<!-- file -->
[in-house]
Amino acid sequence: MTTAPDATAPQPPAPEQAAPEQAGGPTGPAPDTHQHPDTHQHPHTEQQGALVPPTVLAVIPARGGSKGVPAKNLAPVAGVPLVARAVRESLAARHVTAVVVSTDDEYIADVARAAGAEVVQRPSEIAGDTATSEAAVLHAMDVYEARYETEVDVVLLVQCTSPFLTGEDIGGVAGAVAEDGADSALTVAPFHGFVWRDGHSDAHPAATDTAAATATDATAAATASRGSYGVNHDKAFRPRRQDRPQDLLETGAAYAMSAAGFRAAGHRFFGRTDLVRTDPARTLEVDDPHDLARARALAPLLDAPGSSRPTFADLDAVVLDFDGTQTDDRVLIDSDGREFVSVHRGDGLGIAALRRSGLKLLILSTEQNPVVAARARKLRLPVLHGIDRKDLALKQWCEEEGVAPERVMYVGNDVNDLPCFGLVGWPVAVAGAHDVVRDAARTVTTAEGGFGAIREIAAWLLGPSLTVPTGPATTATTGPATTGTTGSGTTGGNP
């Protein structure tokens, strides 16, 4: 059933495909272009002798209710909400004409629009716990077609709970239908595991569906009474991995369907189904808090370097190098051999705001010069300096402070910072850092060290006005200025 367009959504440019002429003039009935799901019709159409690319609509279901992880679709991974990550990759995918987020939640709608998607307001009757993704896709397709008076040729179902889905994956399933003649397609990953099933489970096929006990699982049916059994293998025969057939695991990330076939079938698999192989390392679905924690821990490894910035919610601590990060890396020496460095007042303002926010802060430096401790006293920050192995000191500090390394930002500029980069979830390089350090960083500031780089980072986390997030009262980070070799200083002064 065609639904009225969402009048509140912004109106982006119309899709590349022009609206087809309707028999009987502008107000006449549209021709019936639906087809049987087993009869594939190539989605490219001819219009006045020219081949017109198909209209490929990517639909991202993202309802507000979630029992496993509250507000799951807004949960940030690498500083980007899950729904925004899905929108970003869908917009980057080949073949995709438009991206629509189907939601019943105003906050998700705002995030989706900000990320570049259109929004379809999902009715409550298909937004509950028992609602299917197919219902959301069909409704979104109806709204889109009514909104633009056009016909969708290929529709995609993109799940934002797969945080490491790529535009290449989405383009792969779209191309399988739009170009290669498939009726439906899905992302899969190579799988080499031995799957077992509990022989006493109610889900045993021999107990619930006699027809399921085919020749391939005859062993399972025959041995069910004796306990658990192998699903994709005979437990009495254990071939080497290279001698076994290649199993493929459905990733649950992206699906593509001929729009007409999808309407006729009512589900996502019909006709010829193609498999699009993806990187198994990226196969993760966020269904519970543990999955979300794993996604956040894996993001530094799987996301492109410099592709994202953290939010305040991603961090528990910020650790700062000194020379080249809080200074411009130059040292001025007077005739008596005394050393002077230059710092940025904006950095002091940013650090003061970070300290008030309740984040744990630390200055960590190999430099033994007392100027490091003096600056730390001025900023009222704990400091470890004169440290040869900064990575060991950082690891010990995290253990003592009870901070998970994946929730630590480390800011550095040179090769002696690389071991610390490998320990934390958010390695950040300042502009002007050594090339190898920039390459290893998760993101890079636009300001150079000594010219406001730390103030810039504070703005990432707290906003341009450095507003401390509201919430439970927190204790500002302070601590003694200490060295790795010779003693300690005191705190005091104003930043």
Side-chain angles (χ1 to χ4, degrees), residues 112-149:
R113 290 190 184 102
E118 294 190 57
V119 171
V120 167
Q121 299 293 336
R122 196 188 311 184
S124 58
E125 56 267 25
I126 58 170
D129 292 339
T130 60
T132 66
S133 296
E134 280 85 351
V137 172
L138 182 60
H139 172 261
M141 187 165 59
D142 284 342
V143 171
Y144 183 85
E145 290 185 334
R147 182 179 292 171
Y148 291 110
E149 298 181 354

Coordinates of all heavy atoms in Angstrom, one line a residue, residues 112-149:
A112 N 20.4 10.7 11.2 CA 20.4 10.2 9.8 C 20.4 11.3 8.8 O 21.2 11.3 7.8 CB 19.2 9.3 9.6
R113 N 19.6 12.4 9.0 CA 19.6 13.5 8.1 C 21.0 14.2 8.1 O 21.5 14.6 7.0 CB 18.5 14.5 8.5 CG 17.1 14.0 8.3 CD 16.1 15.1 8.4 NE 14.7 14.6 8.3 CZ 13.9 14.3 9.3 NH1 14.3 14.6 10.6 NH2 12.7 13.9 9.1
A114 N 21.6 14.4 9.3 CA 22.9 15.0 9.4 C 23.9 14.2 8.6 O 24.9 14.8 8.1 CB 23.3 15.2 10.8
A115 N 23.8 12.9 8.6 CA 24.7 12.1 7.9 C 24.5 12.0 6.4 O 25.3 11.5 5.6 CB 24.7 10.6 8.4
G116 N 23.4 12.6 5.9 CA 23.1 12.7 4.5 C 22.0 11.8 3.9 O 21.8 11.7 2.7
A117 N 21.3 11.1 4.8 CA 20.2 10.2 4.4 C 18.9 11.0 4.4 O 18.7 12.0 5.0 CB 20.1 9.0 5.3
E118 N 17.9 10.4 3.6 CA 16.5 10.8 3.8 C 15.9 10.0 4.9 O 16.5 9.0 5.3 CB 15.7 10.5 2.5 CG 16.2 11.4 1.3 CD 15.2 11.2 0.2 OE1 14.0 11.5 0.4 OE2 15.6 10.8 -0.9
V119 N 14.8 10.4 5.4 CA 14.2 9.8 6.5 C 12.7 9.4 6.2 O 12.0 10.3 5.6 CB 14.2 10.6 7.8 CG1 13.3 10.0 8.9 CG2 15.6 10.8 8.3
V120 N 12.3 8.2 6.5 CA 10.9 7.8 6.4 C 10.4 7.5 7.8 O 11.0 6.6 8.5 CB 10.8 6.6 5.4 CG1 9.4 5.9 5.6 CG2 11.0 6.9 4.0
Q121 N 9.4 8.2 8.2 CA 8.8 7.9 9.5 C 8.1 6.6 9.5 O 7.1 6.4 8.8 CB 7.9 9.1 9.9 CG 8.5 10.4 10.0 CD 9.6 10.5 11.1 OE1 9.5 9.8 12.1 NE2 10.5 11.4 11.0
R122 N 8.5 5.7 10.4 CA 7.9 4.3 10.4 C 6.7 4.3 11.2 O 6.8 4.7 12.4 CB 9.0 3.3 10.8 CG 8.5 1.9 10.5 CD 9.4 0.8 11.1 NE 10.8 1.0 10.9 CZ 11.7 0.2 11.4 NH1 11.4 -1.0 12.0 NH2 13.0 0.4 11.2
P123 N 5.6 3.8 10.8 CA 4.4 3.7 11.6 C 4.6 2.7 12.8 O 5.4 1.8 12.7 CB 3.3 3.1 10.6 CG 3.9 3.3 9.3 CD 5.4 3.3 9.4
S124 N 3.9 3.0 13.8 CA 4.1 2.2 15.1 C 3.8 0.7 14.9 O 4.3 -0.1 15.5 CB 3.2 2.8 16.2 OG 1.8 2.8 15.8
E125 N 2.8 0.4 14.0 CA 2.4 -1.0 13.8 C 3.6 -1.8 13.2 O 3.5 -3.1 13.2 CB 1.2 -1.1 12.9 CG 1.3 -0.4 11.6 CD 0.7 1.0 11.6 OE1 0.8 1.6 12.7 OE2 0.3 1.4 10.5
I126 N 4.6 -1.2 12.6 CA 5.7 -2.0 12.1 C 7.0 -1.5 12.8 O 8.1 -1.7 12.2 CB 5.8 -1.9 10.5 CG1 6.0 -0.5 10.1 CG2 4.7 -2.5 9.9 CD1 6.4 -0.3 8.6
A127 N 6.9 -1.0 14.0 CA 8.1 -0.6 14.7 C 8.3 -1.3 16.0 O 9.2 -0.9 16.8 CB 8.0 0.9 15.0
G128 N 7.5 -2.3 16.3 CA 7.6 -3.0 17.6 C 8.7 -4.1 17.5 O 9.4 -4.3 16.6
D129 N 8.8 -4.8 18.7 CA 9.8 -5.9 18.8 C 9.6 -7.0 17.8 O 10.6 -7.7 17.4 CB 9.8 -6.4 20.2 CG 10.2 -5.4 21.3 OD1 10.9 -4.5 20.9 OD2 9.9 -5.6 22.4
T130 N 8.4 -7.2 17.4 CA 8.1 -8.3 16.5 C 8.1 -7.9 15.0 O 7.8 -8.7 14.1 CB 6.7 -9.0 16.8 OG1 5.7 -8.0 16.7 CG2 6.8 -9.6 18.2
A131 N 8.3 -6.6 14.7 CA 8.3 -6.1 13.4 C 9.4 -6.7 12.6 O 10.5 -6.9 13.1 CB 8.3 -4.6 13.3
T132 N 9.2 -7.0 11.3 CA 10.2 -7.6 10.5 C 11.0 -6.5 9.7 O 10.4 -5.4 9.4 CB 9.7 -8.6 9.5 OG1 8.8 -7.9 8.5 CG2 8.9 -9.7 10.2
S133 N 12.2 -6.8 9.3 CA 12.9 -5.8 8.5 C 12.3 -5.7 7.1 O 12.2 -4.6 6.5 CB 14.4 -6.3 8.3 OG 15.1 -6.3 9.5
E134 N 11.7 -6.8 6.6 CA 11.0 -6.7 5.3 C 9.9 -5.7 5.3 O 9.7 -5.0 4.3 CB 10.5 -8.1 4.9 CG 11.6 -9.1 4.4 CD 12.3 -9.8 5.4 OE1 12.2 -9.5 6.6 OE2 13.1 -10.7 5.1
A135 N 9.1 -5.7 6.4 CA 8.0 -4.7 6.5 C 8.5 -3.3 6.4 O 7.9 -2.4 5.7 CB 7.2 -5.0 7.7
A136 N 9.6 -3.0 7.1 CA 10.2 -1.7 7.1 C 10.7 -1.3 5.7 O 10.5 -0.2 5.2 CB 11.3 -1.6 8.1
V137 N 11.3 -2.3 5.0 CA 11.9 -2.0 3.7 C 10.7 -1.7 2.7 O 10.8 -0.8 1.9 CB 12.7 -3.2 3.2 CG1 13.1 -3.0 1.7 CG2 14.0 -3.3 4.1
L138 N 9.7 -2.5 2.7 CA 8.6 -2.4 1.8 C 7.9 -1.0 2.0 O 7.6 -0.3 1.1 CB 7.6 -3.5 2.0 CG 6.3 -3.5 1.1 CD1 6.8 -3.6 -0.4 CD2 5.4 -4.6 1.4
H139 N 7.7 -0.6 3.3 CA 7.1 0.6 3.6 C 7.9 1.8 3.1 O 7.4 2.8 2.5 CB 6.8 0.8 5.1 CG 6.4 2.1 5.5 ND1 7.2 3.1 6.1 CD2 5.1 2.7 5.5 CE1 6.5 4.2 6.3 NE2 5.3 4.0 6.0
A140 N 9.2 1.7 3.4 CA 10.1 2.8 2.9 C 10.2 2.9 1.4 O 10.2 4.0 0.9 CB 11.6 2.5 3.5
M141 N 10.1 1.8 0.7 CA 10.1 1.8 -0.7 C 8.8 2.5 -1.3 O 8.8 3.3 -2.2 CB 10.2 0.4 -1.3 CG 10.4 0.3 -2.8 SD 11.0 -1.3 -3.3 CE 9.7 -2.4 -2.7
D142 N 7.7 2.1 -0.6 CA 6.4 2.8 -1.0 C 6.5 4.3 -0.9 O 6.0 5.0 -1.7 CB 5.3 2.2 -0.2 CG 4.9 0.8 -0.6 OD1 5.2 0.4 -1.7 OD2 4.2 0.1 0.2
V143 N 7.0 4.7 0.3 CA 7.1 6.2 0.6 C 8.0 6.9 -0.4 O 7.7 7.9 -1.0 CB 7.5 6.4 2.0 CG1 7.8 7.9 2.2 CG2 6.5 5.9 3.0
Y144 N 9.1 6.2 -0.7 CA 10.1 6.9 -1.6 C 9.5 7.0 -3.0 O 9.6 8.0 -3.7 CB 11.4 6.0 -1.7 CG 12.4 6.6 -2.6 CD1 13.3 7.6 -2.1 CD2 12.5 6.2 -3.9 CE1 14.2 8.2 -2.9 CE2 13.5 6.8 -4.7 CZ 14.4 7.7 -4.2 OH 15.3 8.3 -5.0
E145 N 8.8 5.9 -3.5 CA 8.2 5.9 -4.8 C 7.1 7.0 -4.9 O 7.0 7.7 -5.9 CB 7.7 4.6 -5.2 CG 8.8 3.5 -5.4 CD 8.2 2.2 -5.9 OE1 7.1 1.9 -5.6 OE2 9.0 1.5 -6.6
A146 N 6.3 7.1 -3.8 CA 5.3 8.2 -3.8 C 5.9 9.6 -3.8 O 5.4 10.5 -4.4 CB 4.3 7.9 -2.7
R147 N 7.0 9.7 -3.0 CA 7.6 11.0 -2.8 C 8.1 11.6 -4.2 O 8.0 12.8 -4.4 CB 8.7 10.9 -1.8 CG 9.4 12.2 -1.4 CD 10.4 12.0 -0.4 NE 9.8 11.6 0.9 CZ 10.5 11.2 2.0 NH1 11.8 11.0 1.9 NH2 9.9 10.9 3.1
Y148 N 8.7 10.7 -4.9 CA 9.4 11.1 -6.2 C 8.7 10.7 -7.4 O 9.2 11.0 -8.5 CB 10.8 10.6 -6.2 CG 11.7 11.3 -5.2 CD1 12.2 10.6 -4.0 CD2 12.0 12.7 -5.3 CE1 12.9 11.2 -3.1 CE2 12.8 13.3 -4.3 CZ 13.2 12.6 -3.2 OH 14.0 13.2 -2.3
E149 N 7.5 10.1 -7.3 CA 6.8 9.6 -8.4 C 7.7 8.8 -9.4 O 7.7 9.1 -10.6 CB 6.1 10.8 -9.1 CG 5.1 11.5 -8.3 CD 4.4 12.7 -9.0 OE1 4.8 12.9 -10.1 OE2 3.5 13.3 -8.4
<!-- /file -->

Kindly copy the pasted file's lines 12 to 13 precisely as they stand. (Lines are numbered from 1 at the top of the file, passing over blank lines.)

E125 56 267 25
I126 58 170